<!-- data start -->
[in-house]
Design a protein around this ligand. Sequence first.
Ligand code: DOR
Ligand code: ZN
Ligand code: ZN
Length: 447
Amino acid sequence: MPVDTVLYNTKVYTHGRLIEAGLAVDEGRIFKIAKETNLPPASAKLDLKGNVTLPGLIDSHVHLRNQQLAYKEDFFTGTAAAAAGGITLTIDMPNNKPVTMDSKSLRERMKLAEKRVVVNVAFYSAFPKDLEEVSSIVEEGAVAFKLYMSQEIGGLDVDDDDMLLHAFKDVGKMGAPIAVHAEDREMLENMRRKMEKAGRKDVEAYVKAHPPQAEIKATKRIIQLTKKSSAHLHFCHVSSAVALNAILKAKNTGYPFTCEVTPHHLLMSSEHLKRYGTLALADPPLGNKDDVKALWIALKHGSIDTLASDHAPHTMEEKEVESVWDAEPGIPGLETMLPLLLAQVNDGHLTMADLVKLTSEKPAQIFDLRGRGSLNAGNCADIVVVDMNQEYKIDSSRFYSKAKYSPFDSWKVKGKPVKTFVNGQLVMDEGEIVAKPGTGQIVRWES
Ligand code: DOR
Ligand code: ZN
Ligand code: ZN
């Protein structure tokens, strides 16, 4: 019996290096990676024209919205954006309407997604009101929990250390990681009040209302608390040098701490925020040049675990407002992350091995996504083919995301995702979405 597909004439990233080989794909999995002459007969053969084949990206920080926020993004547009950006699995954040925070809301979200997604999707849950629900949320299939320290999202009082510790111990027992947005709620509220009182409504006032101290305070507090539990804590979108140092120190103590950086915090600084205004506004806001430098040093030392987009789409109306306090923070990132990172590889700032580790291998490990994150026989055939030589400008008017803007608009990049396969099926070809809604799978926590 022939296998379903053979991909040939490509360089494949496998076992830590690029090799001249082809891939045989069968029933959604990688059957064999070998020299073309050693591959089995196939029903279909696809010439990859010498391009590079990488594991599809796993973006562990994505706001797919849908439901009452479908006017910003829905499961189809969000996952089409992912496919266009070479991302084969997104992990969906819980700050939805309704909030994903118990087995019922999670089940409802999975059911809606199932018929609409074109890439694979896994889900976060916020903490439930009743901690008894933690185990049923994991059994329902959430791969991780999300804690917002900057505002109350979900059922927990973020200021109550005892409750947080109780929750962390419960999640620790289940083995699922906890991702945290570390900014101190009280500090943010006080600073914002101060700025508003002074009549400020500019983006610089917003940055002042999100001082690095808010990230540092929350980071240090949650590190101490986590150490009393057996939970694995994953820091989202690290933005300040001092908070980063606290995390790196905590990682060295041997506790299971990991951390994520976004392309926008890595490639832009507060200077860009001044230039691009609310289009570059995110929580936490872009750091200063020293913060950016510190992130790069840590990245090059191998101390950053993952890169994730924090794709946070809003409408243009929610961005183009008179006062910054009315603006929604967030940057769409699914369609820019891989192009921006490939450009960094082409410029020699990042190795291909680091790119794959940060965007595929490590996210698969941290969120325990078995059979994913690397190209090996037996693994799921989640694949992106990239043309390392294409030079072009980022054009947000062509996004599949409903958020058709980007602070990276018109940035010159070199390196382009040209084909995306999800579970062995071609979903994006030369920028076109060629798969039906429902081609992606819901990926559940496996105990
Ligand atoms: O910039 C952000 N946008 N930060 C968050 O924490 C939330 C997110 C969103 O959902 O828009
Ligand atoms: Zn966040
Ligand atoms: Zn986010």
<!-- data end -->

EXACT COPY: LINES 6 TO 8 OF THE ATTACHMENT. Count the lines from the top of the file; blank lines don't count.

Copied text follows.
Length: 447
Amino acid sequence: MPVDTVLYNTKVYTHGRLIEAGLAVDEGRIFKIAKETNLPPASAKLDLKGNVTLPGLIDSHVHLRNQQLAYKEDFFTGTAAAAAGGITLTIDMPNNKPVTMDSKSLRERMKLAEKRVVVNVAFYSAFPKDLEEVSSIVEEGAVAFKLYMSQEIGGLDVDDDDMLLHAFKDVGKMGAPIAVHAEDREMLENMRRKMEKAGRKDVEAYVKAHPPQAEIKATKRIIQLTKKSSAHLHFCHVSSAVALNAILKAKNTGYPFTCEVTPHHLLMSSEHLKRYGTLALADPPLGNKDDVKALWIALKHGSIDTLASDHAPHTMEEKEVESVWDAEPGIPGLETMLPLLLAQVNDGHLTMADLVKLTSEKPAQIFDLRGRGSLNAGNCADIVVVDMNQEYKIDSSRFYSKAKYSPFDSWKVKGKPVKTFVNGQLVMDEGEIVAKPGTGQIVRWES
Ligand code: DOR